Olga: They are separated in five states, five different jails. They can’t communicate although they can with their families by telephone or in letters.
We cannot call them. The other way is through weekly and monthly visits, but most of their family is in Cuba and we need visits to visit them.
How do your husbands see the future? Do you really think that they will return to Cuba as the Cuban government assures?
Adriana: The Work Group of Arbitrary Detention of the United Nations Human Rights Commission issued a statement affirming that it was a case of arbitrary detention.
We are supported by hope that other organizations have heard our request and can come out in our favor. We are not going to rest until we have them here in Cuba.
The Atlanta Appeals Court has the opportunity to uphold the law. They are innocent and we have the law on our side. When public opinion learns of these irregularities, justice will be done.
What has been the most difficult moment for you?
Olga: Everything. Nothing is easy when a person is put in jail. The family abandoned, hurt, even more so if doing jail time defending a just reason; then it is still more difficult.
But strength grows from that very same difficulty, that which is with us now.
Olga said the whole process was very painful.
Olga’s seven-year-old daughter does not know her father.
Adriana insists that the evidence presented
did not prove the culpability of her husband.
For immediate release July 14, 2005
UN COMMISSION ON HUMAN RIGHTS
CONDEMNS U.S. GOVERNMENT
OVER THE CASE OF THE “CUBAN FIVE”
The Working Group on Arbitration Detentions of the UN Commission on Human Rights has just made public its resolution Opinion No. 19/2005 (United States of America) following its investigation into the case of the five Cubans imprisoned in the United States for the “crime of trying to prevent attacks against Cuba initiated by Miami-based terrorist groups.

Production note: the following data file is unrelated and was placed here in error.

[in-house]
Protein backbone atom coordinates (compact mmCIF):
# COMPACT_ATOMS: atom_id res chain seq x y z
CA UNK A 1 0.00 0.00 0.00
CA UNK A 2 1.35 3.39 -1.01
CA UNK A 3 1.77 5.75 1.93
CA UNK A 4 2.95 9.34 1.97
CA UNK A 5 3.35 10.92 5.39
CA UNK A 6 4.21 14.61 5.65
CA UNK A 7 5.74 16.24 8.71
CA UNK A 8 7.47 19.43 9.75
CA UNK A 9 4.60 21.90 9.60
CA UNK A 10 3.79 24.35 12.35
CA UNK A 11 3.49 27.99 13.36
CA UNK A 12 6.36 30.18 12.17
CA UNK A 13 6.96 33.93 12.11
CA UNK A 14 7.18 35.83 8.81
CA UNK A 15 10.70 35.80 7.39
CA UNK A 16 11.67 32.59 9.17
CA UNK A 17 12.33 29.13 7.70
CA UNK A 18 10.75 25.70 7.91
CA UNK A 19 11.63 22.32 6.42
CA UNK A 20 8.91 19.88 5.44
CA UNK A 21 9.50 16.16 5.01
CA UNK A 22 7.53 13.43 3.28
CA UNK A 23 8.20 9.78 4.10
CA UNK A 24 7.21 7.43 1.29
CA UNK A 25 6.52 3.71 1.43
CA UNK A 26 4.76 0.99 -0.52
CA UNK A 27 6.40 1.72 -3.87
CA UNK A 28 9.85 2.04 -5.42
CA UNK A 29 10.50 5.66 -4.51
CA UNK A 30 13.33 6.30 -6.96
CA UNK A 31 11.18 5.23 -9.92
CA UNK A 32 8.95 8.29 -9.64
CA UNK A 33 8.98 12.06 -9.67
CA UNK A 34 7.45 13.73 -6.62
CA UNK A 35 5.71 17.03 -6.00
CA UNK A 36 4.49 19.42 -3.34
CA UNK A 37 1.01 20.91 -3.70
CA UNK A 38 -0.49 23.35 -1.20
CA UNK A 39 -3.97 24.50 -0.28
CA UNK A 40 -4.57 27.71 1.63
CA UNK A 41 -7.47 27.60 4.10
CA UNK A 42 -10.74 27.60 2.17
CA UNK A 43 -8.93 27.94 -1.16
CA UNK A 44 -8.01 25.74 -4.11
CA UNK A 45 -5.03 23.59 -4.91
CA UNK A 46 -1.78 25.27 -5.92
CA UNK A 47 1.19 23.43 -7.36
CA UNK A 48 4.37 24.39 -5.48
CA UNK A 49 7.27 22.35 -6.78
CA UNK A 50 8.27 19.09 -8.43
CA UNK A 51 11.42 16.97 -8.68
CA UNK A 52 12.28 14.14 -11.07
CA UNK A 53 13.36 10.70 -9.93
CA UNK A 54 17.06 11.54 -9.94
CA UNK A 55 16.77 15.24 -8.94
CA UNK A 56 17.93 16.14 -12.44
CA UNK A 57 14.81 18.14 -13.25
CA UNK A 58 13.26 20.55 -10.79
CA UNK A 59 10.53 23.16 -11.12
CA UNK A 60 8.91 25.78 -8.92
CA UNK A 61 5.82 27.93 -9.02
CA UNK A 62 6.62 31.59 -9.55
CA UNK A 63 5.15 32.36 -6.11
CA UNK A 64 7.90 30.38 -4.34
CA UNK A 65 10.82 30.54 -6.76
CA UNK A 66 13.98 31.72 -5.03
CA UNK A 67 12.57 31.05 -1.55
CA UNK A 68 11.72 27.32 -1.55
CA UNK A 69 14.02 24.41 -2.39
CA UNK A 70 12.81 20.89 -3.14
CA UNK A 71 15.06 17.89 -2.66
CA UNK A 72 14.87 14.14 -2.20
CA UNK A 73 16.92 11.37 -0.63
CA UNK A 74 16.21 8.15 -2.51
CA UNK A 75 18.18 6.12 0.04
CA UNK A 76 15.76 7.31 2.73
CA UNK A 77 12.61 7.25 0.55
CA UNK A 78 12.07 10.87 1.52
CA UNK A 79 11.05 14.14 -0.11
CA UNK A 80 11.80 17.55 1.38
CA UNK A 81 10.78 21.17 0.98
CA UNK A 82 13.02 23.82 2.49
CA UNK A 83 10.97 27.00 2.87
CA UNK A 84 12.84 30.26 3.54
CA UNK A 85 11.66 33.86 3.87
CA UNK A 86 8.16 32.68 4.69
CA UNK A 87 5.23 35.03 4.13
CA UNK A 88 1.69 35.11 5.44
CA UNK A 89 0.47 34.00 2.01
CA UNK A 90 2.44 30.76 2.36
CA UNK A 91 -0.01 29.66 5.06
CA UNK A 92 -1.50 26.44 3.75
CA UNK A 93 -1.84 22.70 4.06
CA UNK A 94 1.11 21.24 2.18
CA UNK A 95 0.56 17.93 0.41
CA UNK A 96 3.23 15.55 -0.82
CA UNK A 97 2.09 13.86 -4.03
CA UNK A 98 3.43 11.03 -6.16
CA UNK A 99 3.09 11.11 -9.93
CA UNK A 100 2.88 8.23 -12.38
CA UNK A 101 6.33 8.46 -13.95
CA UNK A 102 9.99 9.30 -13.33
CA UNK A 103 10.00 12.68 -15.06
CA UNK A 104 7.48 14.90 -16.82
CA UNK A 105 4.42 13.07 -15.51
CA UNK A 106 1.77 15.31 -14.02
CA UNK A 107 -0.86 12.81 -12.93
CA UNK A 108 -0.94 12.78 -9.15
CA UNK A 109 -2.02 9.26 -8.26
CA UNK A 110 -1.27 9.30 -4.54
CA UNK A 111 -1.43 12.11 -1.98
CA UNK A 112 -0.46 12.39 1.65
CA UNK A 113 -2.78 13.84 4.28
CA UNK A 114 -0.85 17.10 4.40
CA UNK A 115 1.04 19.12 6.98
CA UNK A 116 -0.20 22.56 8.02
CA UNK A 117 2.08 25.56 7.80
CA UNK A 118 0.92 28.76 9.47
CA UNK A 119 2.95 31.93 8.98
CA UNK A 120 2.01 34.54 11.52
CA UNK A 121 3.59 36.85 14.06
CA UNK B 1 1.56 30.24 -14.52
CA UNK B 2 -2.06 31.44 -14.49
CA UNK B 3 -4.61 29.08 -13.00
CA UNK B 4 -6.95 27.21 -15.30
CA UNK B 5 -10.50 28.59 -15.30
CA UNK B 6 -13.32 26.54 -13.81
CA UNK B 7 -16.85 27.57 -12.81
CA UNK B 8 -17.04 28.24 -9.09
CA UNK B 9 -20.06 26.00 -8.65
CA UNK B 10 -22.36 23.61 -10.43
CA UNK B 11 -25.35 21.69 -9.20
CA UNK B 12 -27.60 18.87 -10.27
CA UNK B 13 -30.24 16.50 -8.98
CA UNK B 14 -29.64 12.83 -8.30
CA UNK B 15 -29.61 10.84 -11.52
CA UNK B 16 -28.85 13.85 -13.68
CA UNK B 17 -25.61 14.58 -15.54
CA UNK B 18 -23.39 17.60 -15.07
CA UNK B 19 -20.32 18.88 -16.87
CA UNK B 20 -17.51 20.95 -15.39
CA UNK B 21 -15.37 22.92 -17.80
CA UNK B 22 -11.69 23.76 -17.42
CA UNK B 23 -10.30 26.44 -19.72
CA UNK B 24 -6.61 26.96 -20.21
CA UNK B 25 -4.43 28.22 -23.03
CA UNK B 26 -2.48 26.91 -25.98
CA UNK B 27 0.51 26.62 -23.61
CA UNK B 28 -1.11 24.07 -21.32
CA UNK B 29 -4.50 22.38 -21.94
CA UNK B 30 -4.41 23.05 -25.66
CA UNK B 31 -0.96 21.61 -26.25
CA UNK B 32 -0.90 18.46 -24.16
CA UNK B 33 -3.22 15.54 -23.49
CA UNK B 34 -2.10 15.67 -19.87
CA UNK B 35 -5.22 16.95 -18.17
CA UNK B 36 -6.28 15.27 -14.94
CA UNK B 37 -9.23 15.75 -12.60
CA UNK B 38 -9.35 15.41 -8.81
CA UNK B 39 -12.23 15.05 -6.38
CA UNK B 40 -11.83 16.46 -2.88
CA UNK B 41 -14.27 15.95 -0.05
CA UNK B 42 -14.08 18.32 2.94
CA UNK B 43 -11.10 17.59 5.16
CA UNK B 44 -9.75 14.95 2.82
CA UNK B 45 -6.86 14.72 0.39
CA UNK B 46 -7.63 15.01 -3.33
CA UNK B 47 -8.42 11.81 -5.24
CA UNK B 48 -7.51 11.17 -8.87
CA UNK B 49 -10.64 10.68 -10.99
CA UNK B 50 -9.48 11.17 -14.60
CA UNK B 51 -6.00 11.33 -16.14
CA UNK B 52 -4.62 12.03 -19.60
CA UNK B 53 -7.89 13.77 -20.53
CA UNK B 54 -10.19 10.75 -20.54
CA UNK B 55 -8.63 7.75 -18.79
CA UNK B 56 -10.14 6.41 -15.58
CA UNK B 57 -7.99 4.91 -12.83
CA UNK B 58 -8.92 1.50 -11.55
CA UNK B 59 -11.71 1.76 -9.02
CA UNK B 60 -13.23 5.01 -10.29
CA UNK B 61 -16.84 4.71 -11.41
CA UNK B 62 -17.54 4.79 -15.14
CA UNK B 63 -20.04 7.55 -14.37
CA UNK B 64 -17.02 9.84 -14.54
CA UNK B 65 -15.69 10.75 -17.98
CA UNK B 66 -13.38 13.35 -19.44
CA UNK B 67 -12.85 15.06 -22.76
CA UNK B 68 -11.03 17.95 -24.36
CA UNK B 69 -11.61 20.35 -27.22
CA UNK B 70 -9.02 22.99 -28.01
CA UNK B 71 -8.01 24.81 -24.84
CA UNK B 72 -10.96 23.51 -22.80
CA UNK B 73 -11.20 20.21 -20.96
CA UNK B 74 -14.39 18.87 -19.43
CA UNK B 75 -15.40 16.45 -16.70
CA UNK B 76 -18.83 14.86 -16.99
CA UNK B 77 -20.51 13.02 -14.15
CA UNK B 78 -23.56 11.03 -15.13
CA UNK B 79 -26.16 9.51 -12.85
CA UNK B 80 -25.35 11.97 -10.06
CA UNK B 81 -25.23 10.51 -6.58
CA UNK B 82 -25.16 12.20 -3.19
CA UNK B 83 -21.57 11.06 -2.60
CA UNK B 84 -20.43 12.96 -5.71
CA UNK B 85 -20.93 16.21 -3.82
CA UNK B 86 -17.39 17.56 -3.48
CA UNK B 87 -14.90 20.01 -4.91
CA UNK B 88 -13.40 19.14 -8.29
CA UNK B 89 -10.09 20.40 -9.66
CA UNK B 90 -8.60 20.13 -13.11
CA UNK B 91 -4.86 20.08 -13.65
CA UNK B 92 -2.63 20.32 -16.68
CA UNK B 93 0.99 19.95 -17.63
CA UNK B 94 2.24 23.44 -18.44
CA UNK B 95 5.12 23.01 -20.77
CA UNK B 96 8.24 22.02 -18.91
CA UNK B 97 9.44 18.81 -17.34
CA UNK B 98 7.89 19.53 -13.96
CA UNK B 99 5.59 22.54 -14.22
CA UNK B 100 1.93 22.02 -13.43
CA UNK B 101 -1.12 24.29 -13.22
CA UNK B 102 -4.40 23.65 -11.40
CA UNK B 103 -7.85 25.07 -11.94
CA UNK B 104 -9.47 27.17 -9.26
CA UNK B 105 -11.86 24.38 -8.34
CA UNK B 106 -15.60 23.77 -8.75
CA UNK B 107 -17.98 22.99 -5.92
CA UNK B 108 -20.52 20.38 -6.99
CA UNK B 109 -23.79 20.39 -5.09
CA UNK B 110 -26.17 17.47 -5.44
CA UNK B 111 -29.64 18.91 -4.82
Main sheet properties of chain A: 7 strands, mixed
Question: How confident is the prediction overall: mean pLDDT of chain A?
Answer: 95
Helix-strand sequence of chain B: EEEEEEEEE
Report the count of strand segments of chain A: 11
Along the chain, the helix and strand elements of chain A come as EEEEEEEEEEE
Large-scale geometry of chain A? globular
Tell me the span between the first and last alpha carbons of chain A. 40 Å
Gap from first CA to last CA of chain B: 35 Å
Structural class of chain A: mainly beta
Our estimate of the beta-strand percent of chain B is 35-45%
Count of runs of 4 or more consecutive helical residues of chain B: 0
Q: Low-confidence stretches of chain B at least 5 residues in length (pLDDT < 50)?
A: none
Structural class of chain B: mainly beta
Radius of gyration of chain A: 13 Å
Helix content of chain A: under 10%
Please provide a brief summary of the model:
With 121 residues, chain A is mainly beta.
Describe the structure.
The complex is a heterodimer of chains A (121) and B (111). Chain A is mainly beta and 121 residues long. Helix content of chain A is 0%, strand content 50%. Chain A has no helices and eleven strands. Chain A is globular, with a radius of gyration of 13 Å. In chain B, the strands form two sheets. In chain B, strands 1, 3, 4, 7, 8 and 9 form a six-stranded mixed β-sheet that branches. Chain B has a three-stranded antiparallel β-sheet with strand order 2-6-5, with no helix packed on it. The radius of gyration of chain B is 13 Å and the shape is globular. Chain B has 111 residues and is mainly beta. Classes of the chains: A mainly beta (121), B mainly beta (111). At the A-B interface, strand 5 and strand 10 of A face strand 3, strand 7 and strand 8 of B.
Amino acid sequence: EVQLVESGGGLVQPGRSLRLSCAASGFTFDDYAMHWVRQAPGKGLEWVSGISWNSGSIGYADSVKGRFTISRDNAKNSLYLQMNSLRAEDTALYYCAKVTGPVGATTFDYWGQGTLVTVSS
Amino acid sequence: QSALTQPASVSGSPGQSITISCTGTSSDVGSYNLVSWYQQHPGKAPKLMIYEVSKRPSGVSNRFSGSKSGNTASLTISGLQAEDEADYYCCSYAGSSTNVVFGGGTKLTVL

In its declaration, adopted May 27, 2005, the Working Group concluded that the imprisonment and treatment of the Five was arbitrary and made recommendations to the U.S. government to rectify the situation. This is the first time that a special mechanism of the UN has issued an opinion on the case.
A book, Letters of Love and Hope: The Case of the Cuban Five will be released next month, including correspondence between the five prisoners and their families, diary excepts, and drawings providing a glimpse of how ordinary families strive to maintain connections in extraordinary circumstances, a struggle for human dignity and hope, with echoes of the Elián González controversy and the Rosenberg case.
In her introduction, Alice Walker describes this is a story of “courage, great sacrifice and love. It is a story for the ages; especially for those of our people who have suffered under the implacable oppression of white American supremacy, a rule of color and power the rest of the world appears destined to experience.”
Well-known U.S. political prisoners, Angela Davis and Mumia Abu-Jamal have added their voices to the campaign to free the five Cubans, something which Davis considers “a duty for all the forces that stand against terrorism in any part of the world.”
Leonard Weinglass, attorney for one of the detained Cubans, has repeatedly argued that the case represents a significant violation of both international law and the U.S. Constitution, a claim now apparently vindicated by the findings of the UN Commission on Human Rights Working Group.
Letters of Love and Hope is published by Ocean Press and distributed by Consortium Book Sales & Distribution to the book trade. For further information or a review copy of the book, please call Bill Koehnlein (212-260 3690) or e-mail: email@example.com
UN Decision on Cuban Five: An Act of Justice
Havana, Jul 16 (Prensa Latina) The decision of a UN Human Rights Committee that the imprisonment of five Cubans in the United States is arbitrary was described here Friday as an act of justice.